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Balance responds to Government’s decision to freeze alcohol duty

Worrying rise in alcohol deaths in the North East in 2020

Balance responds to the Budget

Posted 03/03/21

Balance the North East Alcohol office today joined the Alcohol Health Alliance in describing the freeze in alcohol duty in Budget 2021 as a “huge blow to the health of the nation” and a measure which will make it harder for pubs to compete.

Since the start of the COVID-19 pandemic, deaths caused by alcohol have hit a new record high in England and Wales and high-risk drinking increased by almost 90% between February and September last year. It was estimated there were 8m people drinking at higher risk levels , with alcohol treatment services struggling to cope .

A survey of shops and supermarkets found it is possible to drink the low-risk weekly guideline of 14 units for around £2.68 - the same price as a high street coffee . Deaths caused by alcohol in the North East increased by 15% in the first nine months of 2020, most of them from alcohol-related liver disease .

Colin Shevills, Director of Balance, said: “Once again in this budget the profits of the alcohol industry has been put above our nation’s health.

“Alcohol places a huge burden on our NHS and public services and the impact of the last year – with millions more drinking at higher risk levels – can only make this worse. We are already seeing a record rise in deaths from alcohol in 2020.

“At the root of this problem is that strong alcohol is too cheap. This has a catastrophic impact on health, but also harms pubs, who cannot compete with the prices of alcohol sold on the shelves of supermarkets.

“We are calling on the Government for a new, evidence-based alcohol strategy for England, which focuses on harm prevention, and pricing policies that reduce the widespread availability of cheap alcohol, to bring an end to the rising burden of alcohol-harm and death.”

Alice Wiseman, Director of Public Health for Gateshead and lead North East DPH for alcohol, said: “The last 12 months have taken a huge toll on our health and our nation’s finances and never has the need for action been more urgent.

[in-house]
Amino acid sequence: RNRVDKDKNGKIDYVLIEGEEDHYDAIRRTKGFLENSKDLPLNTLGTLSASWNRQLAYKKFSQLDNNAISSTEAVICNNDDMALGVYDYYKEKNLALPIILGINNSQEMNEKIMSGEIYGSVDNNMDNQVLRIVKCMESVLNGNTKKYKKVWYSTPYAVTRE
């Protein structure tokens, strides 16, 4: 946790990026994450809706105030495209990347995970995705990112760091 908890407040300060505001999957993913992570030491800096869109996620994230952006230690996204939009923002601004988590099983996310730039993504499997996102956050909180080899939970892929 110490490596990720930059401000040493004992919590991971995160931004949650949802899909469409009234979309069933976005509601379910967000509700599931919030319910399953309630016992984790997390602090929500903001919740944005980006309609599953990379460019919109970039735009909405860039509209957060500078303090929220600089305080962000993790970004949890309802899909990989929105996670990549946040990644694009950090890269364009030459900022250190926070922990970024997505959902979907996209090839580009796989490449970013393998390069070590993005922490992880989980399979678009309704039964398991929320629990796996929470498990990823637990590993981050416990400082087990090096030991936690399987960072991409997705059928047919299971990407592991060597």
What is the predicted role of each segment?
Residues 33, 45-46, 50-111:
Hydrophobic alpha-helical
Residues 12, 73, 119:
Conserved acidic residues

“Whilst we acknowledge that the hospitality trade has suffered over the past year cheap supermarket prices have continued to cause harm and we know that harm is concentrated in our most disadvantaged communities.

“We all know about the alcohol paradox where those people in the most disadvantaged areas experience the greatest level of harm even when they drink less than their more affluent neighbourhoods.

“It is also worrying to see figures showing North East parents are twice as likely as non-parents to be drinking more often since before the pandemic, and more likely to be drinking more units on a typical drinking day. Alcohol is having a serious impact now on families in our region.

“If the Government is serious about ‘levelling up’ and reducing health inequalities we need a fairer alcohol duty system to reduce harm to individuals, reduce pressure on our emergency services and raise much needed money to invest in our public services.”

Professor Sir Ian Gilmore, Chair of the Alcohol Health Alliance UK, said: “The decision to freeze alcohol duty today is a huge blow for the health of our population. Since the start of the COVID-19 pandemic, deaths caused by alcohol have hit a new record high in England and Wales and high-risk drinking increased by almost 90% between February and September last year. Alcohol treatment services are on their knees whilst off-trade alcohol sales have hit new heights.

“It is absurd that despite the mounting strain that alcohol places on our NHS and public services, the Government has taken the decision – yet again – to freeze alcohol duty, prioritising the interests of the alcohol industry above this country’s health.

“The Government has been taken in by the alcohol industry’s misleading claim that duty freezes will help prevent pub closures. The evidence shows that duty freezes do not benefit pubs, instead they accelerate consumer shift towards low-priced alcohol at supermarkets, making it harder for pubs to compete.
“This Budget represents a failure to take alcohol harm seriously and the most vulnerable in our society will continue to suffer the consequences.”

Public Health England estimates that alcohol costs the UK at least £27 billion a year. Yet over the past five years, alcohol duty has raised just £10.5-£12.1 billion annually .

Balance is now urging the Chancellor to use a major review of the alcohol duty system which was launched in Sept 2020 to take forward a fairer system to tackle the cheapest, strongest and most harmful drinks, protect emergency services and the NHS, and help pubs by narrowing the price gap with supermarkets.